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Jun 7, 2017

Megan Oxley, MD 

Michigan Progressive Health- A Ketamine Infusion Clinic

Megan Oxley, MD is a Board Certified Emergency Medicine physician. She graduated from Wayne State University in 2009.  Her career started in inner city Detroit, then took her to rural Maryland and she now works at Henry Ford Wyandotte Hospital.  Dr. Oxley enjoys the fast pace of the emergency room, getting to know new people, putting patients at ease during a stressful time in their life and enjoys having the ability to make people feel better immediately.  She is honored daily to be a part of helping people heal.

Megan founded Michigan Progressive Health in May 2016. Listen to this podcast as we follow the steps that one needs to take to open a small infusion clinic- with no business experience! We also learn why Megan opened the clinic and who benefits from ketamine infusions.

What you will learn:

  • What is Ketamine?
  • What are the indications for its use?
  • Who administers Ketamine therapeutically?
  • How does an ER doctor without outpatient experience start a clinic?
  • The process that Megan went through to build her business
  • Strategies Megan used to promote her business

Resources mentioned in the show: Website building app

Learn more about Ketamine:

  1. Murrough, Perez, et al.  “Rapid and longer-term antidepressant effects of repeated ketamine infusions in treatment-resistant major depression”  Biological Psychiatry 2013 Aug 15; 74(4): 250–256.

SUMMARY:  In this article, there were 24 patients treated with six IV infusions of ketamine (.5mg/kg) over 12 days.  The overall response rate was 71% as defined as a reduction in the MADRS scale by  greater than 50%.  The median time to relapse after the last ketamine infusion was 18 days.  25% were symptom free at 90 days, 75% of patients had symptoms free days between 11-27 days.  Side effects were reported to be a mild significant increase in dissociative symptoms.  One patient had to discontinue therapy due to an increase in blood pressure that did not respond to medications (highest BP 180/115).

  1. Shiroma, Johns et al.  “Augmentation of response and remission to serial intravenous subanesthetic ketamine in treatment resistant depression” Journal of Affective Disorders. 2014 Feb;155:123-9.

SUMMARY:  In this article, there were 14 patients treated with six IV infusions during a 12 day period.  12 subjects finished all six infusions with 92% response rate and 66% went into remission.  5 out of 11 responders remained in “response status” during the next 28 days.  For the 6 out of 11 responders that relapsed, the mean time was 16 days.  Response was defined as ≥50% improvement in baseline MADRS score and remission was defined as MADRS score ≤9.  No subject experienced severe dissociative symptoms or hemodynamic changes that required stopping the infusions.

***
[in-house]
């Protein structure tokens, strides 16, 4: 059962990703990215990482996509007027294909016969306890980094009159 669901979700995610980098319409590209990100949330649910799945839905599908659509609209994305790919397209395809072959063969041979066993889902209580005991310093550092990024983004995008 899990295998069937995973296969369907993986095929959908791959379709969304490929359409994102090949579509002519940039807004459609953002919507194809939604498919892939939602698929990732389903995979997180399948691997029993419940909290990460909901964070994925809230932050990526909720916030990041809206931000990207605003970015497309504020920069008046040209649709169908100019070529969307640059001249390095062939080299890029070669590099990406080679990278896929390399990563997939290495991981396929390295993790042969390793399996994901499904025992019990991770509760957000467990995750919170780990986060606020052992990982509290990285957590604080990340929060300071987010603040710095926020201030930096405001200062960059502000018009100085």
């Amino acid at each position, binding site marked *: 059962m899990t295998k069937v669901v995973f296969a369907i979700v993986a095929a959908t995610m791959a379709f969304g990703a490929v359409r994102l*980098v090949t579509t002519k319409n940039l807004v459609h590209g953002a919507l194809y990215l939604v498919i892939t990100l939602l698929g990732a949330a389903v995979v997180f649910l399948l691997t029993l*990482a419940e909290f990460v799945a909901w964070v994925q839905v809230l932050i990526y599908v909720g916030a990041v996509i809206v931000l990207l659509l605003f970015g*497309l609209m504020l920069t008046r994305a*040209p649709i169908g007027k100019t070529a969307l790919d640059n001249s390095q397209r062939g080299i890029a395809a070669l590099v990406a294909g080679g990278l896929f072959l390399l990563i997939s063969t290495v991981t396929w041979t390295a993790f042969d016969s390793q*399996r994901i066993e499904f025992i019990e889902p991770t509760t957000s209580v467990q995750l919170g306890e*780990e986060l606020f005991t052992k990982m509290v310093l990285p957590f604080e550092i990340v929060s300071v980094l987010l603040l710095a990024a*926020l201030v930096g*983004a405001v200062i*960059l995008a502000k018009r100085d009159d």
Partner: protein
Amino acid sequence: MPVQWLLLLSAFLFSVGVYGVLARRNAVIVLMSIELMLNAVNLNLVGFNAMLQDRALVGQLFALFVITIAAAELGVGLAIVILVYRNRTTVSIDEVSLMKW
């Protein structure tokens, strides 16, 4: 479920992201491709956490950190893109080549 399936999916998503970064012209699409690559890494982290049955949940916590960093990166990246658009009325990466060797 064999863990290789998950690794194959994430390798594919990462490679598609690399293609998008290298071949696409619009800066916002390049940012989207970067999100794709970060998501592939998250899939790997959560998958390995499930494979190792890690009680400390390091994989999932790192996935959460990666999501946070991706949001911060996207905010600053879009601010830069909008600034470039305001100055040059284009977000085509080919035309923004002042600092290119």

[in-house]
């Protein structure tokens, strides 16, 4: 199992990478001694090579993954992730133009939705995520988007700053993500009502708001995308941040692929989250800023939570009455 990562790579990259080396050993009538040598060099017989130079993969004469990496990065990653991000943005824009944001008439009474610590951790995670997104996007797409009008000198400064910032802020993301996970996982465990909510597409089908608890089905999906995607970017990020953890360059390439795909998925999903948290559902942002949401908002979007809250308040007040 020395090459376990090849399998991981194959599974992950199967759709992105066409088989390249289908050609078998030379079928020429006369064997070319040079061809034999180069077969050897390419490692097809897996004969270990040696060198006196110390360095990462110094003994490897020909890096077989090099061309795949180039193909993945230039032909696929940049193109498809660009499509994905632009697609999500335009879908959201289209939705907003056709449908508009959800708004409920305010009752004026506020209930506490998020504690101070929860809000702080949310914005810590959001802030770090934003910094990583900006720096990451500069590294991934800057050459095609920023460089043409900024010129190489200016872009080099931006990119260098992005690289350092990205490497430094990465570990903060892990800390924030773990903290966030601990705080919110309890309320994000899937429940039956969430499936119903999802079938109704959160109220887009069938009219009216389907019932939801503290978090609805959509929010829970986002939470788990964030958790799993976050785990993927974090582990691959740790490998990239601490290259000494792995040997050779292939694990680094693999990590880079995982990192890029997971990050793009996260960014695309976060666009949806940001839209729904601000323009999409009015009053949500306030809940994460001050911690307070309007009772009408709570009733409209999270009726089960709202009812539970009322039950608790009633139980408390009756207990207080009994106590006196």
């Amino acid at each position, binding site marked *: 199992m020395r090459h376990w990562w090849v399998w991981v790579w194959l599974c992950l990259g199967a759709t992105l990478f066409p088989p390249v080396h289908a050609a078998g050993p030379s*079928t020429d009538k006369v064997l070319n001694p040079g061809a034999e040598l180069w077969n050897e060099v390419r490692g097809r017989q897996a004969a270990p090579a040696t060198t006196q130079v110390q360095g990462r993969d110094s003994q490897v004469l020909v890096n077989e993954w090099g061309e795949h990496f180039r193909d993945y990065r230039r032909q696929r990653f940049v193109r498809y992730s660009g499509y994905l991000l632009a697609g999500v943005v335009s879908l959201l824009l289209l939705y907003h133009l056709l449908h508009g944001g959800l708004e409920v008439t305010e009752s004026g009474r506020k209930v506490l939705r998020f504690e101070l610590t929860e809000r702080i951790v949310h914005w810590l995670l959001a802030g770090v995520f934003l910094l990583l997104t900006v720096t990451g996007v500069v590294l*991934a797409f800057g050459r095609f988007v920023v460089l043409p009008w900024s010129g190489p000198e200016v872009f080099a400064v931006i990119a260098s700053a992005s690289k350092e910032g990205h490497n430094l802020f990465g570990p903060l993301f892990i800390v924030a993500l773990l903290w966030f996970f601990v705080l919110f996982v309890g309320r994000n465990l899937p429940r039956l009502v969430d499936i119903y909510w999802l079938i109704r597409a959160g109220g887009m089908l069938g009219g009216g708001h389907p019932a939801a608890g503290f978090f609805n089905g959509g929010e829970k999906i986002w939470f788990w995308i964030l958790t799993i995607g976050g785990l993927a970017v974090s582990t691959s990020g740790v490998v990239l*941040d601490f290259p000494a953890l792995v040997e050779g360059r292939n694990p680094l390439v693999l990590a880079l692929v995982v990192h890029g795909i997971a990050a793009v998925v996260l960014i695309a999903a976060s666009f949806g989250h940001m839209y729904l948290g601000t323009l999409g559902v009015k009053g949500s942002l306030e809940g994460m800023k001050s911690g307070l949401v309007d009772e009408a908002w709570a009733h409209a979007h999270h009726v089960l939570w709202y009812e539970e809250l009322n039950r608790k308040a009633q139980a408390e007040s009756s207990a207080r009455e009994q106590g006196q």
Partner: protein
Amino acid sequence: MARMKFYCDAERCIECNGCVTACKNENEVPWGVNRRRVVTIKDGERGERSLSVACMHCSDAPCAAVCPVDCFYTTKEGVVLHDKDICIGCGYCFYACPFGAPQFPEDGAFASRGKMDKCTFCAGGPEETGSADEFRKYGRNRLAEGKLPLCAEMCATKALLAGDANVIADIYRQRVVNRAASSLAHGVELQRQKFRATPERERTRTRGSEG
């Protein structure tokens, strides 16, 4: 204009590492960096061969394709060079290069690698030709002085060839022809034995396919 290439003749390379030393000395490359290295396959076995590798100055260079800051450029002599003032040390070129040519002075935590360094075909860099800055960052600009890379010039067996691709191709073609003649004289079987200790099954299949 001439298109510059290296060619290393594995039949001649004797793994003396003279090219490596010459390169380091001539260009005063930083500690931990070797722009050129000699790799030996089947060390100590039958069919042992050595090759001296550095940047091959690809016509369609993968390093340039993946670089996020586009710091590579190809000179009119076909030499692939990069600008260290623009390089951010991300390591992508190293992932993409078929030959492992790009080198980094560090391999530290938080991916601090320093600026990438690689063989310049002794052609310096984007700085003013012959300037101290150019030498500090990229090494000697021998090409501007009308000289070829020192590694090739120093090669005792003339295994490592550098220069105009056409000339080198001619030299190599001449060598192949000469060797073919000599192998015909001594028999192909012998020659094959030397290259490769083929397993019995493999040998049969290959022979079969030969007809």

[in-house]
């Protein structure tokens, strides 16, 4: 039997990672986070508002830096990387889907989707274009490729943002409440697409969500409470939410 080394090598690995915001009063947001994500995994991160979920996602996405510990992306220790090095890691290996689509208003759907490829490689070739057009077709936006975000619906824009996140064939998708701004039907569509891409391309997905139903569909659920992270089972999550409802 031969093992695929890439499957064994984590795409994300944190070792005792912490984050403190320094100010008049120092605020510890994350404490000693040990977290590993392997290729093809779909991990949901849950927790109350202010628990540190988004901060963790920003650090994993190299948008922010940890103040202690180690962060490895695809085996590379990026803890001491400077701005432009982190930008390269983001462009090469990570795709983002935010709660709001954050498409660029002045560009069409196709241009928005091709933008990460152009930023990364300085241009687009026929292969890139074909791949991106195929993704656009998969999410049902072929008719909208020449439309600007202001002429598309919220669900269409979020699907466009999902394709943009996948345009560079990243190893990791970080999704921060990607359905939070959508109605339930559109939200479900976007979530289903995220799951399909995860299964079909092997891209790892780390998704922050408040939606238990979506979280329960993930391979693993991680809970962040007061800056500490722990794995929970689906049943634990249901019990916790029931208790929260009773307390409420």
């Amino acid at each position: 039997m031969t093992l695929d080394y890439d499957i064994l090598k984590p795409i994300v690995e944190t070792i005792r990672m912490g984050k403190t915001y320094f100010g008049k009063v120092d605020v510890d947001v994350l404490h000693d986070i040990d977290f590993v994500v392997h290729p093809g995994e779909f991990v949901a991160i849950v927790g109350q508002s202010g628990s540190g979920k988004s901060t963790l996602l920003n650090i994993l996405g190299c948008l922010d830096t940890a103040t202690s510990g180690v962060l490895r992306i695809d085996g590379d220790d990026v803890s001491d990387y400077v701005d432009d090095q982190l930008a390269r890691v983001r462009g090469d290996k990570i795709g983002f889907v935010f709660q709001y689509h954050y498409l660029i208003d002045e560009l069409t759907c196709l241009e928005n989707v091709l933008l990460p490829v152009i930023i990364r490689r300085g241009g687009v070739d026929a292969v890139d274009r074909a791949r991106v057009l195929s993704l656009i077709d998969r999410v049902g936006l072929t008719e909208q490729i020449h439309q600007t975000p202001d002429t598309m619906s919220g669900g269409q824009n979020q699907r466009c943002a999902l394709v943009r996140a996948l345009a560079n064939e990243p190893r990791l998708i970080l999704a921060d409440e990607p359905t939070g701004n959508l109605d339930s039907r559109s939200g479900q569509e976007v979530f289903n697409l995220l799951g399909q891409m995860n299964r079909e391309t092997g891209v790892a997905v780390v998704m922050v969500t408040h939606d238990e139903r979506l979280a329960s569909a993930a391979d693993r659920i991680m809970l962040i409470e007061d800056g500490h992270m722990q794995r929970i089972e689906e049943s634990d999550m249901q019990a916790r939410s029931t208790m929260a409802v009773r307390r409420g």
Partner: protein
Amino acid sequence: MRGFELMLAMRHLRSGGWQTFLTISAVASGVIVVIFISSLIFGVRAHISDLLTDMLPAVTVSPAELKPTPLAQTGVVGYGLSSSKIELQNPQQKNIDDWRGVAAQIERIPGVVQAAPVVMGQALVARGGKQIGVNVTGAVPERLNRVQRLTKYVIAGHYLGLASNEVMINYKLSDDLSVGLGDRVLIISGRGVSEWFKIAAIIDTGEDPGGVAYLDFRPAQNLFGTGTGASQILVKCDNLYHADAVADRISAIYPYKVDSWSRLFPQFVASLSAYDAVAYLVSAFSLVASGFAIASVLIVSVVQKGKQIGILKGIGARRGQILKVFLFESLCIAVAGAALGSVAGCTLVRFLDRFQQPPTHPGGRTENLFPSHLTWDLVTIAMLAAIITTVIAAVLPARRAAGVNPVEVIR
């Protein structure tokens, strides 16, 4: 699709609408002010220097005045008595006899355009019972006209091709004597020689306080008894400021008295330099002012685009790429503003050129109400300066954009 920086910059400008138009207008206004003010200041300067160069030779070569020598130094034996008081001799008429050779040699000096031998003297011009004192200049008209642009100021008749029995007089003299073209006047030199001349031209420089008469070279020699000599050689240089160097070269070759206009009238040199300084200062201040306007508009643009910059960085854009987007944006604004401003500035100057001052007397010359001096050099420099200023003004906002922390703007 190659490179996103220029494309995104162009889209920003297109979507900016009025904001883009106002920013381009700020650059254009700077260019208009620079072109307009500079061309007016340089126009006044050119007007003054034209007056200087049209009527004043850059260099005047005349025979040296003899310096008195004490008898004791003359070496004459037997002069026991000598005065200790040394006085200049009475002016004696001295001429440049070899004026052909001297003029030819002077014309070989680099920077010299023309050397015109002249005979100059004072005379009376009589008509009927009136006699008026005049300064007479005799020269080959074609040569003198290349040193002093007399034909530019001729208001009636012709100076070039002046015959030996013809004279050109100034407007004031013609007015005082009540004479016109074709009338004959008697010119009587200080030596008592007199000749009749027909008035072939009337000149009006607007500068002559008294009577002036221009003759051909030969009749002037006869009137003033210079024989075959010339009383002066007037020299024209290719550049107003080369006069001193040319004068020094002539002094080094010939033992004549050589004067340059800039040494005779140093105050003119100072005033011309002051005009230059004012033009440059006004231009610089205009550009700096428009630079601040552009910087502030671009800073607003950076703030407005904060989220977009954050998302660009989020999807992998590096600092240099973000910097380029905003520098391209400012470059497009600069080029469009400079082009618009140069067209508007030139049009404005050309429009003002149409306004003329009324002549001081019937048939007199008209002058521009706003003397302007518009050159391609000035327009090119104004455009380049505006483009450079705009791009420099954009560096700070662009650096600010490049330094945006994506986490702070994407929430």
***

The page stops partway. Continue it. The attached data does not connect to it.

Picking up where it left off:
1. Correll, Maleki et al.  “Subanesthetic ketamine infusion therapy: a retrospective analysis of a novel therapeutic approach to complex regional pain syndrome.”  Pain Medicine. 2004 Sep;5(3):263-75.

SUMMARY:  This article reviewed 33 cases of patients with CRPS that were treated with ketamine infusion.  The patients received a prolonged low dose infusion of ketamine, on average 10-20mg/hr over 2-4 days.  76% of patients experienced complete pain relief after the first course of treatment.  Pain relief lasted at least three months for most patients.  Adding a second course of treatment allowed over 50% to be pain free for over a year.  One patient had to discontinue additional treatments after the first infusion after developing elevated liver enzymes.  These did normalize after treatment was stopped.

  1. Feder, Parides et al.  “Efficacy of intravenous ketamine for treatment of chronic posttraumatic stress disorder: a randomized clinical trial.”  JAMA Psychiatry. 2014 Jun;71(6):681-8.

SUMMARY:  In this double blind, placebo-controlled cross over study, a single dose of ketamine (.5mg/kg over 40 minutes) was compared to midazolam.  Authors note a significant immediate reduction in the CAPS score and frequently this reduction was maintained for over 2 weeks.  The only side effects noted were transient dissociative symptoms, none of which required stopping the infusion.